Emmanuelle Maria's breasts were burning and globules of silicone gel were protruding into her armpits. Her implants had exploded inside her. Yet her doctors, she says, told her nothing was wrong.
Now, she wants the French government to tell 30,000 women to get their implants removed — at the state's expense — to call attention to their risks and save others from potential pain and indignity.
Prompted by calls from implant wearers and leading doctors, French health authorities are considering a drastic and unprecedented move: recommending mass surgery to rid the country of a type of breast implant that investigators say was secretly made with cheap industrial silicone whose medical dangers remain unclear.
Governments around Europe are hanging on France's decision Friday. Tens of thousands more women in Britain, Italy, Spain and other European nations are walking around with the same pre-filled implants, made by the now-defunct French company Poly Implant Prothese, or PIP.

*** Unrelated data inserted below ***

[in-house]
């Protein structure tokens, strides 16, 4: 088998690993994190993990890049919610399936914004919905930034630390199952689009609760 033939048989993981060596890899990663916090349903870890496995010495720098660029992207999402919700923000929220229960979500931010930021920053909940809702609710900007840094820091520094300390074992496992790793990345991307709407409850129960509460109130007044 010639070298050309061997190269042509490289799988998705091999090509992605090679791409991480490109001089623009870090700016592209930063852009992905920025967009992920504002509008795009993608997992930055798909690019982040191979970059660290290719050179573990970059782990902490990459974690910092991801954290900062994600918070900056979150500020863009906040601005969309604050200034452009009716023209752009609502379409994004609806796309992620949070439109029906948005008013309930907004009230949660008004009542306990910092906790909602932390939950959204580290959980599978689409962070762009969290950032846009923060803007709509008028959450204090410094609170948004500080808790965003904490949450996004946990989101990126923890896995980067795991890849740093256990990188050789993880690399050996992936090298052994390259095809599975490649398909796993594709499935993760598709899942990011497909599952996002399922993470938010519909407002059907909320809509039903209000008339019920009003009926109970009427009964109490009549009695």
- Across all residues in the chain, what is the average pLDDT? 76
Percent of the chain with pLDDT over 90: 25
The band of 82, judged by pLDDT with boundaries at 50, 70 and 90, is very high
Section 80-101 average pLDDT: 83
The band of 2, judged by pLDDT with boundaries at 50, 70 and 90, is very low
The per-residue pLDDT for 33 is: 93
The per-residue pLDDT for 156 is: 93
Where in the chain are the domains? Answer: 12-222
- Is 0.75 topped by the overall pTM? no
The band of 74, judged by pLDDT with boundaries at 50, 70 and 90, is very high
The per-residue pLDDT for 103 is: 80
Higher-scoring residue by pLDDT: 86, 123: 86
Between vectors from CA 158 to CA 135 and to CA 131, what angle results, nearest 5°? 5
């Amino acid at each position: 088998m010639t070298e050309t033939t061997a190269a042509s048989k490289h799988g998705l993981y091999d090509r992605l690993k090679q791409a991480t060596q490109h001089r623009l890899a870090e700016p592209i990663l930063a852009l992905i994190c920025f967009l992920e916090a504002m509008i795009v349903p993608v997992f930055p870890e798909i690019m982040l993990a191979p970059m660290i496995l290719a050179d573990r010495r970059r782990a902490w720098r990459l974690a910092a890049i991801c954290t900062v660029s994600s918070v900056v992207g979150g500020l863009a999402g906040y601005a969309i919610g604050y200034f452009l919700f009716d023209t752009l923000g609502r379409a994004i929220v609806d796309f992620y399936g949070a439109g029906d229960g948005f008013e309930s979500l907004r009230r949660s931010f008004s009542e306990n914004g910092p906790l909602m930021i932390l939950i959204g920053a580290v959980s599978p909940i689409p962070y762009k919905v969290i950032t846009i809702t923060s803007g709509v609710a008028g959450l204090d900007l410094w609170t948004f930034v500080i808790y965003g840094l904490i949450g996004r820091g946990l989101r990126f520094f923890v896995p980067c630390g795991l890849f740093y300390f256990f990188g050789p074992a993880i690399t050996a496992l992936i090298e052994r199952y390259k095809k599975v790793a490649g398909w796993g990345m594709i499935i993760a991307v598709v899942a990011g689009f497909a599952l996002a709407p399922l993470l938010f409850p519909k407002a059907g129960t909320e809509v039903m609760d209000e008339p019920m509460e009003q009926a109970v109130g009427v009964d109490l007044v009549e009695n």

Health officials from several European countries held a conference call Wednesday to discuss the implants, Portugal's Director-General of Health, Dr. Francisco Jorge, told The Associated Press. European Commission spokesman Frederic Vincent said no decisions were made, but France informed the others of the situation.